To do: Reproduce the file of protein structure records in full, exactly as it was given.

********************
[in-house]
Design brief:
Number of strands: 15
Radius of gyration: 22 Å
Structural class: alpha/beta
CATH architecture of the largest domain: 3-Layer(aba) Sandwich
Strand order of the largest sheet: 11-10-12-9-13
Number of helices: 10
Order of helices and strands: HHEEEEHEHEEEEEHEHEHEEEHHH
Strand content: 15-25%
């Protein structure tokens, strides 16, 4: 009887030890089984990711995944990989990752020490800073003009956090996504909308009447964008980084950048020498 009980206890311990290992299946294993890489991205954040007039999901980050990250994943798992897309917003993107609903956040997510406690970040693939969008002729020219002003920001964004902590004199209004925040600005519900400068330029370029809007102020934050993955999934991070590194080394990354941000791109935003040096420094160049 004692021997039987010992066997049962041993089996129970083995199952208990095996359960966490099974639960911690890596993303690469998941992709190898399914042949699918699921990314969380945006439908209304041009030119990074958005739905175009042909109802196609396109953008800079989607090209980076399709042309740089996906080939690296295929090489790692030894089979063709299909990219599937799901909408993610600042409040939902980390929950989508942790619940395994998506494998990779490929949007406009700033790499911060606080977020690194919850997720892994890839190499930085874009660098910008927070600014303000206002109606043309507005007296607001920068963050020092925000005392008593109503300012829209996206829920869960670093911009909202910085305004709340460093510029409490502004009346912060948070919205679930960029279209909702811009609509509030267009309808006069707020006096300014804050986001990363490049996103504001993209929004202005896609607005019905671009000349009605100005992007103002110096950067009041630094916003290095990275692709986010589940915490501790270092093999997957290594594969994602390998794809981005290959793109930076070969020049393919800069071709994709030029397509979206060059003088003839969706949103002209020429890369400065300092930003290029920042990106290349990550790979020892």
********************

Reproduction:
[in-house]
Design brief:
Number of strands: 15
Radius of gyration: 22 Å
Structural class: alpha/beta
CATH architecture of the largest domain: 3-Layer(aba) Sandwich
Strand order of the largest sheet: 11-10-12-9-13
Number of helices: 10
Order of helices and strands: HHEEEEHEHEEEEEHEHEHEEEHHH
Strand content: 15-25%
């Protein structure tokens, strides 16, 4: 009887030890089984990711995944990989990752020490800073003009956090996504909308009447964008980084950048020498 009980206890311990290992299946294993890489991205954040007039999901980050990250994943798992897309917003993107609903956040997510406690970040693939969008002729020219002003920001964004902590004199209004925040600005519900400068330029370029809007102020934050993955999934991070590194080394990354941000791109935003040096420094160049 004692021997039987010992066997049962041993089996129970083995199952208990095996359960966490099974639960911690890596993303690469998941992709190898399914042949699918699921990314969380945006439908209304041009030119990074958005739905175009042909109802196609396109953008800079989607090209980076399709042309740089996906080939690296295929090489790692030894089979063709299909990219599937799901909408993610600042409040939902980390929950989508942790619940395994998506494998990779490929949007406009700033790499911060606080977020690194919850997720892994890839190499930085874009660098910008927070600014303000206002109606043309507005007296607001920068963050020092925000005392008593109503300012829209996206829920869960670093911009909202910085305004709340460093510029409490502004009346912060948070919205679930960029279209909702811009609509509030267009309808006069707020006096300014804050986001990363490049996103504001993209929004202005896609607005019905671009000349009605100005992007103002110096950067009041630094916003290095990275692709986010589940915490501790270092093999997957290594594969994602390998794809981005290959793109930076070969020049393919800069071709994709030029397509979206060059003088003839969706949103002209020429890369400065300092930003290029920042990106290349990550790979020892």